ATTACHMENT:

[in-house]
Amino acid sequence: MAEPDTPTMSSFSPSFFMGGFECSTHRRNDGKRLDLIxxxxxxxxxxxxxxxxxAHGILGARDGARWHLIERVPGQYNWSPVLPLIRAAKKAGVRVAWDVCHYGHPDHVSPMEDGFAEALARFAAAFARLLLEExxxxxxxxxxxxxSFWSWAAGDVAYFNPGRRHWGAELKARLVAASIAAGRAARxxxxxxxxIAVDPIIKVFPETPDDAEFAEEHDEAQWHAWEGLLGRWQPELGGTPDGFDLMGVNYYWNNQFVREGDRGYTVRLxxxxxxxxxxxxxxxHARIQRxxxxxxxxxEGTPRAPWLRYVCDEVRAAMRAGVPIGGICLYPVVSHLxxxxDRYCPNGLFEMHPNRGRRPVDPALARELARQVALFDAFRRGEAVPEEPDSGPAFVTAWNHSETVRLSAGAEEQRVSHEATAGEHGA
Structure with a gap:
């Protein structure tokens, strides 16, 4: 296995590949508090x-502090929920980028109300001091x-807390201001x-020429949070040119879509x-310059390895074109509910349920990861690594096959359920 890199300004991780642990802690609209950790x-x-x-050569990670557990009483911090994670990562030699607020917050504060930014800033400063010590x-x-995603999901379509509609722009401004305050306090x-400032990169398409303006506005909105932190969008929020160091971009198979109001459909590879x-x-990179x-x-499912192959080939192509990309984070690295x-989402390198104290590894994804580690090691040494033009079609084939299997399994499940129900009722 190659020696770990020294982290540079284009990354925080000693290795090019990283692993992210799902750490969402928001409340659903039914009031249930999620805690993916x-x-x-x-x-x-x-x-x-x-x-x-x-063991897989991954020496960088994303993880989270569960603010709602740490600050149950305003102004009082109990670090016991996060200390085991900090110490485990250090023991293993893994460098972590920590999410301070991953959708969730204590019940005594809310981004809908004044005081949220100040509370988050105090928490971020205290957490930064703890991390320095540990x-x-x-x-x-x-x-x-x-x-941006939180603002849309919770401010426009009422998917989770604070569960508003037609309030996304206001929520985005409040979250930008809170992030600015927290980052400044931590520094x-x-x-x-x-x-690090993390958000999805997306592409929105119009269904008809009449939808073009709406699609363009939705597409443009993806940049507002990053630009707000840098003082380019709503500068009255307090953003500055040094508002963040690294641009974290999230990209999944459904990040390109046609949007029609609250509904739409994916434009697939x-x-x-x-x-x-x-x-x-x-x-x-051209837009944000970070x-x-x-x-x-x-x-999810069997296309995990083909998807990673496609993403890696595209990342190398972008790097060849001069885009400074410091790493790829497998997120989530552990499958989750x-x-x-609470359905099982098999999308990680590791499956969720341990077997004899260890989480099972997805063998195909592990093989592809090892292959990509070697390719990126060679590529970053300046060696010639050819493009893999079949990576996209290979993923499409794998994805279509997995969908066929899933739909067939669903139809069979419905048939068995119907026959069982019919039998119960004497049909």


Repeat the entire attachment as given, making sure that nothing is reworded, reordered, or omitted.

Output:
[in-house]
Amino acid sequence: MAEPDTPTMSSFSPSFFMGGFECSTHRRNDGKRLDLIxxxxxxxxxxxxxxxxxAHGILGARDGARWHLIERVPGQYNWSPVLPLIRAAKKAGVRVAWDVCHYGHPDHVSPMEDGFAEALARFAAAFARLLLEExxxxxxxxxxxxxSFWSWAAGDVAYFNPGRRHWGAELKARLVAASIAAGRAARxxxxxxxxIAVDPIIKVFPETPDDAEFAEEHDEAQWHAWEGLLGRWQPELGGTPDGFDLMGVNYYWNNQFVREGDRGYTVRLxxxxxxxxxxxxxxxHARIQRxxxxxxxxxEGTPRAPWLRYVCDEVRAAMRAGVPIGGICLYPVVSHLxxxxDRYCPNGLFEMHPNRGRRPVDPALARELARQVALFDAFRRGEAVPEEPDSGPAFVTAWNHSETVRLSAGAEEQRVSHEATAGEHGA
Structure with a gap:
């Protein structure tokens, strides 16, 4: 296995590949508090x-502090929920980028109300001091x-807390201001x-020429949070040119879509x-310059390895074109509910349920990861690594096959359920 890199300004991780642990802690609209950790x-x-x-050569990670557990009483911090994670990562030699607020917050504060930014800033400063010590x-x-995603999901379509509609722009401004305050306090x-400032990169398409303006506005909105932190969008929020160091971009198979109001459909590879x-x-990179x-x-499912192959080939192509990309984070690295x-989402390198104290590894994804580690090691040494033009079609084939299997399994499940129900009722 190659020696770990020294982290540079284009990354925080000693290795090019990283692993992210799902750490969402928001409340659903039914009031249930999620805690993916x-x-x-x-x-x-x-x-x-x-x-x-x-063991897989991954020496960088994303993880989270569960603010709602740490600050149950305003102004009082109990670090016991996060200390085991900090110490485990250090023991293993893994460098972590920590999410301070991953959708969730204590019940005594809310981004809908004044005081949220100040509370988050105090928490971020205290957490930064703890991390320095540990x-x-x-x-x-x-x-x-x-x-941006939180603002849309919770401010426009009422998917989770604070569960508003037609309030996304206001929520985005409040979250930008809170992030600015927290980052400044931590520094x-x-x-x-x-x-690090993390958000999805997306592409929105119009269904008809009449939808073009709406699609363009939705597409443009993806940049507002990053630009707000840098003082380019709503500068009255307090953003500055040094508002963040690294641009974290999230990209999944459904990040390109046609949007029609609250509904739409994916434009697939x-x-x-x-x-x-x-x-x-x-x-x-051209837009944000970070x-x-x-x-x-x-x-999810069997296309995990083909998807990673496609993403890696595209990342190398972008790097060849001069885009400074410091790493790829497998997120989530552990499958989750x-x-x-609470359905099982098999999308990680590791499956969720341990077997004899260890989480099972997805063998195909592990093989592809090892292959990509070697390719990126060679590529970053300046060696010639050819493009893999079949990576996209290979993923499409794998994805279509997995969908066929899933739909067939669903139809069979419905048939068995119907026959069982019919039998119960004497049909």